Billy King: Changes were needed

EAST RUTHERFORD, N.J. -- Brooklyn Nets general manager Billy King said it was his decision to re-assign assistant coach Lawrence Frank to doing daily reports earlier this season after coach Jason Kidd requested Frank be removed from the bench.

The Nets were 5-12 when, according to sources close to the process, Kidd told his bosses that he thought it would be best for Frank to be moved off the coaching staff because of a growing difference of philosophies between the two. In an interview Thursday with NBA TV, King said it was then up to him to find a new role for Frank after Nets management agreed with Kidd's recommendation.

"[Frank] does his report -- I got it this morning -- and he's helping from afar," King said. "But I believe in Jason and so to give him the ability to be successful, we had to make that decision."

The Nets started 10-21, and it appeared as though Kidd was in over his head following "Sodagate" and Frank's reassignment. But King stuck with Kidd, and eventually Brooklyn turned its season around behind a smallball identity predicated on forcing turnovers and exploiting mismatches. The Nets finished 34-17 to earn the No. 6 seed in the Eastern Conference playoffs.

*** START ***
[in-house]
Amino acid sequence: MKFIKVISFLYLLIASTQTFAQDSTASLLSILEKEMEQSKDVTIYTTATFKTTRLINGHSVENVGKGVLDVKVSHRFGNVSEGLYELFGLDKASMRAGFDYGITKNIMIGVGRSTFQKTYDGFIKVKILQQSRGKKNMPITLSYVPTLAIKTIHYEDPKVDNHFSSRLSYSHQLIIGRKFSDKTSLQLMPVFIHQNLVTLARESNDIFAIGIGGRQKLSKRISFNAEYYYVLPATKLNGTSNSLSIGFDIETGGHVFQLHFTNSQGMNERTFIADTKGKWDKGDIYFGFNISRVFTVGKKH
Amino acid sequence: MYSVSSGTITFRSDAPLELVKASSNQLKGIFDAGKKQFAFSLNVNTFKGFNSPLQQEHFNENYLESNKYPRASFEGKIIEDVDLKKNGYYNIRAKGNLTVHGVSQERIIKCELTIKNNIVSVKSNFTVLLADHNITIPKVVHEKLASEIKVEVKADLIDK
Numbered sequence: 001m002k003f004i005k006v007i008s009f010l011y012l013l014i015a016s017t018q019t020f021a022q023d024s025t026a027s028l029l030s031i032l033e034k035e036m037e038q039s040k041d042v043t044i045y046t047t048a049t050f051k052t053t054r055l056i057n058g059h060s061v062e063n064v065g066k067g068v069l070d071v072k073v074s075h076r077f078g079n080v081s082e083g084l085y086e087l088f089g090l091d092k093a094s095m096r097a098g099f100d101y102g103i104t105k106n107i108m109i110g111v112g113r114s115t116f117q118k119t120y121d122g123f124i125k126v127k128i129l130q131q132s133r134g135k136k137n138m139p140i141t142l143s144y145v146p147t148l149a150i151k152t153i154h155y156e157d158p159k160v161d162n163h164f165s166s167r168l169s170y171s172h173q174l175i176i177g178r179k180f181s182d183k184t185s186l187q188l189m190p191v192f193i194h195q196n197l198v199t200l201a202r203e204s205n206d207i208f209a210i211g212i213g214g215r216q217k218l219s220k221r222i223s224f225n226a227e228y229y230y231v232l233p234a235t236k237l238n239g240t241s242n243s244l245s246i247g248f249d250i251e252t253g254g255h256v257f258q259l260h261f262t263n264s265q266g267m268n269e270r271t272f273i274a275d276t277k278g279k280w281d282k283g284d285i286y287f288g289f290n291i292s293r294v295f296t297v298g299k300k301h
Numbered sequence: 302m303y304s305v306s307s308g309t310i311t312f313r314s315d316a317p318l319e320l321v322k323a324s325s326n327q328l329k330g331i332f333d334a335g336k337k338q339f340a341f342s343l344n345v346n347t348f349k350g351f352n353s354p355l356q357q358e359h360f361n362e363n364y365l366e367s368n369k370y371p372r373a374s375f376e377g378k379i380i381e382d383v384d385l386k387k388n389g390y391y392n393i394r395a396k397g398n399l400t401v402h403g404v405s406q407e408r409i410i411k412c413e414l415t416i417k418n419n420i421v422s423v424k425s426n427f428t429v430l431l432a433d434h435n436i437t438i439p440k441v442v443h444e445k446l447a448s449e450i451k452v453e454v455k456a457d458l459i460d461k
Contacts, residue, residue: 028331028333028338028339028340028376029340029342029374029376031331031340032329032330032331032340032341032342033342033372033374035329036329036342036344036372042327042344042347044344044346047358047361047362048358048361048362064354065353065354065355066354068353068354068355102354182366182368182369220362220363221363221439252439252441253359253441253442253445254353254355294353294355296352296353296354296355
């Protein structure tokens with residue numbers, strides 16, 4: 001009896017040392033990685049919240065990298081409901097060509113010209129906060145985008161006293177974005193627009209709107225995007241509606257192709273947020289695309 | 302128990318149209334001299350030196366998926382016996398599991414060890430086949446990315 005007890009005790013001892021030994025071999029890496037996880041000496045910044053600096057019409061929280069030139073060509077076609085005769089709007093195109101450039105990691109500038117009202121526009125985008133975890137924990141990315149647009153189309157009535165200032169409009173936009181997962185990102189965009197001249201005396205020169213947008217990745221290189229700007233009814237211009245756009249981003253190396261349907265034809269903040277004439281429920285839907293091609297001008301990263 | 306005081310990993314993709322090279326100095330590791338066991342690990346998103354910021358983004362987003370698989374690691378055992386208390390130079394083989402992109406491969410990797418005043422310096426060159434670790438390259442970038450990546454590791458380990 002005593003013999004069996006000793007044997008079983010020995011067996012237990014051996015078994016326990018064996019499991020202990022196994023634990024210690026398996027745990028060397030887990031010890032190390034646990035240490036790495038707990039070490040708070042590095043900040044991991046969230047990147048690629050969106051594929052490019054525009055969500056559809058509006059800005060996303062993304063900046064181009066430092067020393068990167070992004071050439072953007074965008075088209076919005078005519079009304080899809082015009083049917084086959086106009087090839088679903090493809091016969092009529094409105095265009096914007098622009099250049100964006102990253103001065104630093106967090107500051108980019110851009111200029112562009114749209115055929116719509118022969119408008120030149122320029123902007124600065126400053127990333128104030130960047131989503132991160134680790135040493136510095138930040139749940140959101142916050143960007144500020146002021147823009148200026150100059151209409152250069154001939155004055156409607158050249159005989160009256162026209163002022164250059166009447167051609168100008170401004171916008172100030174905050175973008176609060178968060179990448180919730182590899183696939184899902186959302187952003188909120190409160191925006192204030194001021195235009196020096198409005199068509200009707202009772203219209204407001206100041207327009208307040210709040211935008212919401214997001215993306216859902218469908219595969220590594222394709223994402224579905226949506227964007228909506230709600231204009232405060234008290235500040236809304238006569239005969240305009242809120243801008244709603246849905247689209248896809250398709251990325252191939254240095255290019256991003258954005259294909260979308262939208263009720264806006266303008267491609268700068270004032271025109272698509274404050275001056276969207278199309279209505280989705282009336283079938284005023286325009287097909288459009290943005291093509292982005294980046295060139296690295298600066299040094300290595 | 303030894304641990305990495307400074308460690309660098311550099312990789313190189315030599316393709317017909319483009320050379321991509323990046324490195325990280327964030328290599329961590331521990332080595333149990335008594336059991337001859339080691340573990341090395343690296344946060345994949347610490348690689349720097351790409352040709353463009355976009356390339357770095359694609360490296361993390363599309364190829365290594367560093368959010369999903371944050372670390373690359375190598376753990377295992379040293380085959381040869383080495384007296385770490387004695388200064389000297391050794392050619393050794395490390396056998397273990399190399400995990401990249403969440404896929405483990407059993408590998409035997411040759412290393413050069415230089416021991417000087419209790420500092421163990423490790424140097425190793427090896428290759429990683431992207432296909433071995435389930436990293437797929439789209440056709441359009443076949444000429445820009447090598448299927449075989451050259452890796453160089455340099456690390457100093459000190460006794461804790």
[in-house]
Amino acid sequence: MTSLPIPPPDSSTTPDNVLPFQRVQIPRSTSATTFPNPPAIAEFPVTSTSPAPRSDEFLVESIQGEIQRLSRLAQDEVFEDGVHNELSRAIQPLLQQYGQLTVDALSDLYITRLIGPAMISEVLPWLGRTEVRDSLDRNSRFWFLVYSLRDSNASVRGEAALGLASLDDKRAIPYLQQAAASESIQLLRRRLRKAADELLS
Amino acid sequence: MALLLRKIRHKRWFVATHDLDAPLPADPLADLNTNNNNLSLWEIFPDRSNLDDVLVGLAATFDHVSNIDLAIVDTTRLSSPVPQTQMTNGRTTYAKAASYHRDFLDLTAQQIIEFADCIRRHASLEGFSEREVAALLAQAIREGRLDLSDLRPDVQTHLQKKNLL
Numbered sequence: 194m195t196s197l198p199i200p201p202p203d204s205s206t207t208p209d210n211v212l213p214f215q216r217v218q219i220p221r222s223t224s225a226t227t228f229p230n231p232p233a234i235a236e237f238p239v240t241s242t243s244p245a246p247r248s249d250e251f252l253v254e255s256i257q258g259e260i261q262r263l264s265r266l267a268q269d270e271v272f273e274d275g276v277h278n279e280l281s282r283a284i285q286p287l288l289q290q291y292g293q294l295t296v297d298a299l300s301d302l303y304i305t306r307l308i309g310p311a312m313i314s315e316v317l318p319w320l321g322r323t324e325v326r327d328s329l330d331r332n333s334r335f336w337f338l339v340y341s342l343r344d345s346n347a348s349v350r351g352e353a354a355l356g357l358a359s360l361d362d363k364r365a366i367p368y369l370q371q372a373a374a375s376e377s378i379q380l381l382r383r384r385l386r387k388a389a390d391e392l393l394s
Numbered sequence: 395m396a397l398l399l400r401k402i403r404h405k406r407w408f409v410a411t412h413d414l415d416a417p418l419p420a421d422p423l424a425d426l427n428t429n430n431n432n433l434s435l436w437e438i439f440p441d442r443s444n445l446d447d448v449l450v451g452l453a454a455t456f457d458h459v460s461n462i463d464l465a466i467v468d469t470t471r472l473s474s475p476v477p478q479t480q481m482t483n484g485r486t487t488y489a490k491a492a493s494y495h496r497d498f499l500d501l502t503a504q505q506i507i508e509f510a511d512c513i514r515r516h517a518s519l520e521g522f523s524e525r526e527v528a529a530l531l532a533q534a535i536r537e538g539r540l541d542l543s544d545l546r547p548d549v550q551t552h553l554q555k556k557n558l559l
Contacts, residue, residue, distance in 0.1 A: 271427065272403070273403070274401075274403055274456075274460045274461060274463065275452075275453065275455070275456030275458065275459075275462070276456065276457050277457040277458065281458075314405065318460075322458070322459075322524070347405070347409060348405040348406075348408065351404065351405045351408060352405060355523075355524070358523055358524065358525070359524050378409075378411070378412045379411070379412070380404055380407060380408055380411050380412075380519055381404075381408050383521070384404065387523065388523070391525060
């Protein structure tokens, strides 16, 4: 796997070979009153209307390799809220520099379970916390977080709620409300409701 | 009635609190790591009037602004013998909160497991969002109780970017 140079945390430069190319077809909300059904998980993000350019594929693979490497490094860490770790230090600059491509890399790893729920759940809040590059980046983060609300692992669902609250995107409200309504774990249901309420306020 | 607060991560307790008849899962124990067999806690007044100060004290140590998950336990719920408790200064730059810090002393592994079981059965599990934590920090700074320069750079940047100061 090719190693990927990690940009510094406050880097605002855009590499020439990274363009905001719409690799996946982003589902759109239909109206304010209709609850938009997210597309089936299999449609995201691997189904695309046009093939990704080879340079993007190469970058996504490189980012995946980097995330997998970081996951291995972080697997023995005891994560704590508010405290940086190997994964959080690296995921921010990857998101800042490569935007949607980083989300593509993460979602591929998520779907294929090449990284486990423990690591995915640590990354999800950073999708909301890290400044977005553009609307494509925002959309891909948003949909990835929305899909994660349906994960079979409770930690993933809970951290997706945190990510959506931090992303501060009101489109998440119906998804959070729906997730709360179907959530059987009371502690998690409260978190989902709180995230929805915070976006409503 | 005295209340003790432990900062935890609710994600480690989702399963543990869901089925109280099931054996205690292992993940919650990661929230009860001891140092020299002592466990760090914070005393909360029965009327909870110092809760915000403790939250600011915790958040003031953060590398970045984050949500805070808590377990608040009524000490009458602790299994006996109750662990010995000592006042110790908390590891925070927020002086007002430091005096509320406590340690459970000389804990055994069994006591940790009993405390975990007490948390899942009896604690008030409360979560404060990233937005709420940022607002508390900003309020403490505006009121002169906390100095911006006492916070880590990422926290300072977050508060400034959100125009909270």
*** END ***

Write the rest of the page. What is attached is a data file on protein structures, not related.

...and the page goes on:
"He believed in himself. And that was the biggest thing. When he walked into a room, there was confidence. When he talked to the players, there was confidence," King said. "He went at KG [Kevin Garnett]. KG went back at him. He went at Paul [Pierce]. So he wasn't afraid to challenge guys, and that, to me, showed that he was going to be a good coach.

"You've got a Hall of Famer in KG and Paul -- 19 years and 16 years in the league -- and you challenge them in front of the rest of the team, they all believe, 'Okay, this guy's real.' "

King also discussed his initial decision to hire Kidd, who was just weeks removed from his retirement as a player.

"One thing I knew, I wanted a leader," King said. "Most people look for guys [who can draw] X's and O's. That's great, but if you can't lead, then X's and O's don't work.

"And ownership said, 'What about Jason Kidd?' And I said, 'Nah, he just finished playing. We can't hire him.' They said, 'Will you meet with him?' I said, 'Yeah, I'll meet with him.' So I'd known Jason. I liked him. I did know he was a leader and he'd won everywhere. So we had our first meeting and I walked away from our first meeting and called [ownership] and said, 'He might be the one. We're going to meet again.' I just walked away uplifted."

King reiterated that he called his former coach at Duke, Mike Krzyzewski, before hiring Kidd. Krzyzewski told King not to put Kidd "in a box" and allow "his instincts to take over."

King, under a win-now mandate from owner Mikhail Prokhorov, transformed the Nets from a bottom-feeder into an Eastern Conference contender, trading for Deron Williams, Joe Johnson, Garnett and Pierce.

"I like to make trades. It's one thing I love to do," King said. " And having a coach like Jason, he knows what he needs to win now. So I said, 'I look forward to having this offseason with you because now there are guys you're going to want and we can go get, that I know you'll make them successful because you believe in them and they'll believe in you."